Neil Taylor’s jig

There are 4 recordings of this tune.

Neil Taylor's has been added to 19 tunebooks.

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One setting

X: 1
T: Neil Taylor's
R: jig
M: 6/8
L: 1/8
K: Gmaj
|:d|gag gdB|cde dBG|DFA Acc|Aed B2d|
gag gdB|cde dBG|fed cAF|DAF G2:|

Five comments

Neil Taylor’s

Written by Willy Taylor for his son.

"Neil Taylor’s" ~ a jig / two-step by Willy Taylor

Yes indeed, those are the notes I have. I should trust my instincts but suffer in general from self-doubt. Thanks for the addition and help… I was so eager to add another Willy Taylor tune for your upcoming birthday celebrations… 😉

I’ve now transcribed the full "Redford Cottage" and will see if I can chase up more information on that tune. I’ve also asked the submitter of the recording "Northumberland Rant", Colin, if he’ll correct track 7 so it will link to the correct transcriptions, meaning not this one. I hope you’ll submit that other recording of one of our shared favourites ~ "The Shepherd’s"…

Hey, any Will Atkinson tunes out there not here? 😏

More joy courtesy of Willy Taylor ~

"Shirley’s" ~ reel
Key signature: A Major
Submitted on December 7th 2002 by Dow.

"The Pearl Wedding" ~ reel
Key signature: D Major
Submitted on December 8th 2002 by Dow.

"Tich’s" ~ reel
Key signature: G Major
Submitted on December 9th 2002 by Dow.

"Snowy Monday" ~ jig
Key signature: D Major
Submitted on December 17th 2002 by Dow.

"Willy Taylor’s Polka"
Key signature: D Major
Submitted on August 31st 2004 by snowyowl.

"Farewell to the Dene" ~ schottische / barndance
Key signature: D Major
Submitted on June 10th 2005 by Dow.

"The Shining Pool" ~ hornpipe
Key signature: D Major
Submitted on June 13th 2005 by Dow.

"Wee Kerry’s Welcome to the Dene" ~ jig/quickstep
Key signature: D Major
Submitted on July 28th 2005 by ceolachan.

"Nancy Taylor’s" ~ reel
Key signature: G Major
Submitted on December 15th 2005 by alexboydell.

"Willy Taylor’s Jig"
Key signature: D Major
Submitted on November 28th 2006 by Dow.

"Christine Taylor’s Jig"
Key signature: G Major
Submitted on February 8th 2007 by JACKB.

"Alistair J. Sim" ~ jig / two-step
Key signature: Gmajor
Submitted on March 20th 2007 by you.

Willy Taylor ~ fiddler & composer

I am so glad for the pleasure of Willy Taylor’s music, tunesmith and fiddler, even though I never had the pleasure of knowing him or his music live. I have enjoyed a couple of ceilidhs back in the 70’s when passing through that area, and maybe he was there, but I was just dancing or listening, not collecting or being my usually inquisitive self. I suspect sleeping rough at the time around Hadrian’s Wall, camping, and hidden in the the bushes of football grounds in Newcastle, had taken a bit of the steam out of me ~ well, really, it would have been the morning wash-ups in cold streams and river beds…

Back to the main focus though, Willy. His family was behind making a musician of him. At around 12 years of age they urged him to take up the fiddle, but this is a case where the teacher almost ruined the child for life. This teacher was by my understanding, reading between various lines, the sort that would have squashed any chance of young Willy keeping with the music or vice versa. As Willy reflects, from an interview printed in the booklet that comes with "Northumberland Rant" ~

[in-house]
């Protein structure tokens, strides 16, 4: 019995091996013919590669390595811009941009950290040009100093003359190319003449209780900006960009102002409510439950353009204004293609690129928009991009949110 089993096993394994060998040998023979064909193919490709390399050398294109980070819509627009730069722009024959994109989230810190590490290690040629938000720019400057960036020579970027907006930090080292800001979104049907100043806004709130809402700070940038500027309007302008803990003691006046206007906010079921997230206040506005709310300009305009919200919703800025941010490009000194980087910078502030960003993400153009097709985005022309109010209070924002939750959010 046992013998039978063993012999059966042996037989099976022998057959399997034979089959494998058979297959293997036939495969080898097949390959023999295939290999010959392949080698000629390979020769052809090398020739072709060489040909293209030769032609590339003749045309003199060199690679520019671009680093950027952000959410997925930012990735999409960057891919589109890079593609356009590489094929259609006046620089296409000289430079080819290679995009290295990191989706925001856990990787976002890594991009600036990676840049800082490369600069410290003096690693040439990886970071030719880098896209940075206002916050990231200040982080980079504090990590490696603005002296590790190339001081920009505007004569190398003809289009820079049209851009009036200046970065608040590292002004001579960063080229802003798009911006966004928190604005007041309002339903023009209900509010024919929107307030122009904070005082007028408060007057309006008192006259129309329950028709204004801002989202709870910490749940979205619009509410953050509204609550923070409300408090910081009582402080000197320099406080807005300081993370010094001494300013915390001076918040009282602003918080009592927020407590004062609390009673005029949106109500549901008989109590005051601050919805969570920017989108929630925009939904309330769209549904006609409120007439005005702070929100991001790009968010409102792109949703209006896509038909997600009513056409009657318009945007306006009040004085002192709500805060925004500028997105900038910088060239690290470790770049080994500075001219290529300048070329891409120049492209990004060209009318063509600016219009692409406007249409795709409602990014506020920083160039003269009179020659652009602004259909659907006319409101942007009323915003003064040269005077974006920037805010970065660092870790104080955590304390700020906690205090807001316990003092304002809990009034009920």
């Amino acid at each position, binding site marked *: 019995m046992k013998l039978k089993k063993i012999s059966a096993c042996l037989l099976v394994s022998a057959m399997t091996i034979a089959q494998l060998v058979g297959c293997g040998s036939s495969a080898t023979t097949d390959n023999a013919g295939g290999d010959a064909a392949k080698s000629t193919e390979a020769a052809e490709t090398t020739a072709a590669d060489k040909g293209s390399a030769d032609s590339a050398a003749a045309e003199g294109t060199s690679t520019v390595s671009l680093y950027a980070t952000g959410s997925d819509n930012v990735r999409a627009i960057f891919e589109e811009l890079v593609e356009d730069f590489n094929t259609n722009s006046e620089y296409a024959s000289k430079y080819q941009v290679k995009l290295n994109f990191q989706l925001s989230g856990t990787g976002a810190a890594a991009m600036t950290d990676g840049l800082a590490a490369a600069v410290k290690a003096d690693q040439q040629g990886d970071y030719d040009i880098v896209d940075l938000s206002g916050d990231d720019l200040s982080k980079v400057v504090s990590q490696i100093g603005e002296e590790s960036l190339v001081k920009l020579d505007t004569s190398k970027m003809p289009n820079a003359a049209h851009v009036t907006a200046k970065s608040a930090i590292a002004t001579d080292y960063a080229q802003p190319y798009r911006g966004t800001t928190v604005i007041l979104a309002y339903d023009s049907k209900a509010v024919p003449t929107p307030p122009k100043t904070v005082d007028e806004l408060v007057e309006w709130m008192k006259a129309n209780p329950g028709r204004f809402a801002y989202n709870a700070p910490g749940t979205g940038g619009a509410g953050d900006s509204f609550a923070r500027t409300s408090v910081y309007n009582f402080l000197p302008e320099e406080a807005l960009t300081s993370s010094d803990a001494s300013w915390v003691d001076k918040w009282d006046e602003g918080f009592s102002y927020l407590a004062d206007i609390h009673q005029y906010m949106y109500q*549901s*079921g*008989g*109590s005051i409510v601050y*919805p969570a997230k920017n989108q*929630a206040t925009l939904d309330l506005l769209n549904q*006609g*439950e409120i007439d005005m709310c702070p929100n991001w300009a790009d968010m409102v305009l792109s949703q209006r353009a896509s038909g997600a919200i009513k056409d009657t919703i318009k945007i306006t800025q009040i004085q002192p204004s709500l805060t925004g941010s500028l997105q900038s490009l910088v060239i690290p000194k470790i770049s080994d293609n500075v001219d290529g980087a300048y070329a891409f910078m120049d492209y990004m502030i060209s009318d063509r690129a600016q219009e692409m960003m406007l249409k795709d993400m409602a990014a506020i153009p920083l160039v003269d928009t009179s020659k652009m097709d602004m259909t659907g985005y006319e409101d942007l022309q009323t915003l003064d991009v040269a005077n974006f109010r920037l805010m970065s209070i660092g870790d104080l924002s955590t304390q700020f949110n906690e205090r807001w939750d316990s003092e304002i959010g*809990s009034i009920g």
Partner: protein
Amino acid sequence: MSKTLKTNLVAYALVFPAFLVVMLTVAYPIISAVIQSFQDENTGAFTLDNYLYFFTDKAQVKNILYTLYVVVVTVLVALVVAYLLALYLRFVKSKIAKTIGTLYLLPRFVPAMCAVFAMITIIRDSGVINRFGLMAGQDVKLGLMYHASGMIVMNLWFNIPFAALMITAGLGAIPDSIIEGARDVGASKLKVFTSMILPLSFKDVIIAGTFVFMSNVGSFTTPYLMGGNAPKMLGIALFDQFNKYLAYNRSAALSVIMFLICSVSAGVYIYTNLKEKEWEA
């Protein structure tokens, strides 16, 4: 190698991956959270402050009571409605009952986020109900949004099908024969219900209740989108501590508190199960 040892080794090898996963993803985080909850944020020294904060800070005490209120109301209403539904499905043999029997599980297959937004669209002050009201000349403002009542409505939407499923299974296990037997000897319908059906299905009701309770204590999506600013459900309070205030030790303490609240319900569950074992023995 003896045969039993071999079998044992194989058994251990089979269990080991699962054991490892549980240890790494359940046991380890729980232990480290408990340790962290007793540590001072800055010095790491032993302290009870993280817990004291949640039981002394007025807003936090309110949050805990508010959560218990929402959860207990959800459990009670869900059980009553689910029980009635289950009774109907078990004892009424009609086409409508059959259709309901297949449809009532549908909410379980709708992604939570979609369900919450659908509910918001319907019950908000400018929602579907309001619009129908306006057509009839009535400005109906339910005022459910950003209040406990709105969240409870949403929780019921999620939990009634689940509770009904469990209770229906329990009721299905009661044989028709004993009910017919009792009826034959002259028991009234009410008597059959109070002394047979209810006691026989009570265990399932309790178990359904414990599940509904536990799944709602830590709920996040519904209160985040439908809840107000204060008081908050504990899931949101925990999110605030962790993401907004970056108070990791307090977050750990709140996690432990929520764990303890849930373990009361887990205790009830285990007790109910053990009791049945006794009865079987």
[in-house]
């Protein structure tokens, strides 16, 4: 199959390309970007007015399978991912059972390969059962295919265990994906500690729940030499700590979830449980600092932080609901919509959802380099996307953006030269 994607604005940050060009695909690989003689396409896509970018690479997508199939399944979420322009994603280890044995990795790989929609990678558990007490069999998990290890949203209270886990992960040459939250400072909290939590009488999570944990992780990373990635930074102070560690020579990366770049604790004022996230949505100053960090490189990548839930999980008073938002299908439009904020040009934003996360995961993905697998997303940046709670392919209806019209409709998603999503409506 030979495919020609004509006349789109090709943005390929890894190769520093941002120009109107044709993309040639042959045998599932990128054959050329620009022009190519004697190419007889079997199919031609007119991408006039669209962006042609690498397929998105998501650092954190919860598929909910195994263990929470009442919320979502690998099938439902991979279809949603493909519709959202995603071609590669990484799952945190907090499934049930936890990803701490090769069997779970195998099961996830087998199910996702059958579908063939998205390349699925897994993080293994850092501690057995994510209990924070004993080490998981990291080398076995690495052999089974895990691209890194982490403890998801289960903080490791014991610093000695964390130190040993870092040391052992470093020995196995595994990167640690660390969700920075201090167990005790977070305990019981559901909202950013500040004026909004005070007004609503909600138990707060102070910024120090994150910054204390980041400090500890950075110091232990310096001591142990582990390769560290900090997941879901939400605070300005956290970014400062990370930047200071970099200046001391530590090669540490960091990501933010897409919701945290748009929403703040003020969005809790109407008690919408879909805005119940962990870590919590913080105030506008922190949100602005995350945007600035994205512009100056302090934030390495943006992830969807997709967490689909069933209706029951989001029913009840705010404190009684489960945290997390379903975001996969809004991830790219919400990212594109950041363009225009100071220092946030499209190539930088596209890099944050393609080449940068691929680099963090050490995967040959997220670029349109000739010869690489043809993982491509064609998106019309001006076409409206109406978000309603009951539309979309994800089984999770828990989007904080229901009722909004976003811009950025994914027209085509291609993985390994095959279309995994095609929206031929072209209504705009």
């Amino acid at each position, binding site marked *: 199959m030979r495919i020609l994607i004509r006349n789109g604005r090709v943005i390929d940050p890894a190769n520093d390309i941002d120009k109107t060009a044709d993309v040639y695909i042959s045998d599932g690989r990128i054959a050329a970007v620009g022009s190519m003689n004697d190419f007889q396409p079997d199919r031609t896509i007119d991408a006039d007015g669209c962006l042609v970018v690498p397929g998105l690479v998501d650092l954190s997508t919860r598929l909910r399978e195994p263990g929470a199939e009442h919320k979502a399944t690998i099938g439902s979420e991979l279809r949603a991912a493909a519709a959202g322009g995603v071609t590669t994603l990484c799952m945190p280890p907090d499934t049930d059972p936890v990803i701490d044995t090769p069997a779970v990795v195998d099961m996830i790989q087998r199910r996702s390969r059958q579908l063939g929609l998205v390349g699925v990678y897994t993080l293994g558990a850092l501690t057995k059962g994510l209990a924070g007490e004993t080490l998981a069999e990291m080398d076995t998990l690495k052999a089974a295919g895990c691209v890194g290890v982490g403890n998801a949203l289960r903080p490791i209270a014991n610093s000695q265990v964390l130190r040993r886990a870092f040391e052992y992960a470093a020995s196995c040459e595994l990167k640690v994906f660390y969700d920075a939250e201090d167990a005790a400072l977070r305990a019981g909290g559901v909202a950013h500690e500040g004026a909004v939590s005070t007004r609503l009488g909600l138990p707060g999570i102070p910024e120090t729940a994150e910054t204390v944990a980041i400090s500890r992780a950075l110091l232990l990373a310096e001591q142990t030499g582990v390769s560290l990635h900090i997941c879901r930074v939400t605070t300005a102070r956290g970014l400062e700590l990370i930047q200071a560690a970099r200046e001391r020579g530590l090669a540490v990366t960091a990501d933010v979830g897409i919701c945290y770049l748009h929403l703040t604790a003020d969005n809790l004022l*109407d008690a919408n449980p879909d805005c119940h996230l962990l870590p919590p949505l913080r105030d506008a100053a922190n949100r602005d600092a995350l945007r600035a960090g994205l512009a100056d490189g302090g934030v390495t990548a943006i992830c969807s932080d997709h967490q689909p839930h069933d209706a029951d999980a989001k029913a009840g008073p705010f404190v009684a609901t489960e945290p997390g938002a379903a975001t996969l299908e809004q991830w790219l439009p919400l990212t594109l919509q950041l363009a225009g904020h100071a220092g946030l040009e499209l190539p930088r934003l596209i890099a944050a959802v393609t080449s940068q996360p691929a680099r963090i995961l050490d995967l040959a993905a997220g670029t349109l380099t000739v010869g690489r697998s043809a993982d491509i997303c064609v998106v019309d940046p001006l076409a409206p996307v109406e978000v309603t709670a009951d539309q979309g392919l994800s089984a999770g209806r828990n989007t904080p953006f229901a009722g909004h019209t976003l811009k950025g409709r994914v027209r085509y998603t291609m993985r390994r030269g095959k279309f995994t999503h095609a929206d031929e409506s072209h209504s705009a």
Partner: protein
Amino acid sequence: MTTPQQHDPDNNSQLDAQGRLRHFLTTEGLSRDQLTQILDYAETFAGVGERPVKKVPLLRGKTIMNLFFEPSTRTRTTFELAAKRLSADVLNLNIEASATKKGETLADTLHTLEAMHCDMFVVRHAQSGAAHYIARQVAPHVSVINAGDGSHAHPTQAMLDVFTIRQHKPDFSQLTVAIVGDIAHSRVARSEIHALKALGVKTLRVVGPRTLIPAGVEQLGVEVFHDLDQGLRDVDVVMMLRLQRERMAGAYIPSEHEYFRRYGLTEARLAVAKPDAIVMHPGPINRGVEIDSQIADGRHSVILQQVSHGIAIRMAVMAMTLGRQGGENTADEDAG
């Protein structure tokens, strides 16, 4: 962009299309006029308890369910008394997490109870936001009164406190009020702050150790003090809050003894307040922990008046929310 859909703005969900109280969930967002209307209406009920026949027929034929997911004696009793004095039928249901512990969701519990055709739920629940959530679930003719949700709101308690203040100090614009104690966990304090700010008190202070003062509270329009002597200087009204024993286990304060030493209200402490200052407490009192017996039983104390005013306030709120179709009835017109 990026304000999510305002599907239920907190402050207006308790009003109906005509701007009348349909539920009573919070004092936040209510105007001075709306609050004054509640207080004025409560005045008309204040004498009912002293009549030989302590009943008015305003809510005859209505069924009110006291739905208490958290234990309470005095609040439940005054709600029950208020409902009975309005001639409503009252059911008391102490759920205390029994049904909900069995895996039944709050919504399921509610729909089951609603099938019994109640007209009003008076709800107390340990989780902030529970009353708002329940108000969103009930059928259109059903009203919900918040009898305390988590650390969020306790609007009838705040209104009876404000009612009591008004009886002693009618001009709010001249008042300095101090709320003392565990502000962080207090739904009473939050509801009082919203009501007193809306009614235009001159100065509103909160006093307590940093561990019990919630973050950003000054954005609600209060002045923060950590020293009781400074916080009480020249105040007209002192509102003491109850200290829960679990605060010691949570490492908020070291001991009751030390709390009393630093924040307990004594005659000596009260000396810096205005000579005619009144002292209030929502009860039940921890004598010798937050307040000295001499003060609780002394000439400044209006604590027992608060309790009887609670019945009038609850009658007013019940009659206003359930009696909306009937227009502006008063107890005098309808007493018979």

"As a stroke of luck for me, this old man (Willy’s first fiddle tutor), went away, turned religious. He got the religious bug, and he went away, and that was the finish of the fiddle."

Fortunately for us that wasn’t the case but it could have been.

The next thing to threaten his future as a musician was the loss of the tip of his index finger on the left hand, work, the snip of a turnip cutter. While this might stop others, it didn’t stop the influence of Willy’s family and with continued encouragement his dad got him a piano accordion. From there he also tried the mandolin and the concertina, eventually returning to the fiddle when in his late teens. Living near inspiration was a good thing, and in this case it was the Northumbrian / Borders fiddler George Armstrong who nurtured young Taylor’s ears and appreciation, Willy developing his own way with three fingers and the bow, Willy Taylor becoming what is one of my favourite fiddlers… The dance in his music rings through clearly…

So, the moral of the story ~ that teachers can be cack and can destroy your chances of developing a clear and rewarding appreciation and relationship with music? I’ve known and suffered a few. It shows us how a supportive and encouraging family can be your salvation? Yes, but the contrary is also possible. There was also the luck of living near and being taught by an understanding character, someone who is willing to share and pass on their love, appreciation and talent, ‘tradition’. Willy lucked out, he had all this, parents who cared and a great mentor, someone that was not just a fine fiddler, but also, obviously, from the results, a great teacher and friend. (Was George Armstrong ever recorded?)…

But let’s not forget another aspect of health as far as ‘tradition’ is concerned ~ the community, the context that all this took place in. Willy’s luck included this too, a community rich in dance and dance music, where dances were a regular thing and where Willy was often there and welcomed to add his music and humor and to develop further in his fiddling, understanding and appreciation ~ as well as inspiring future generations…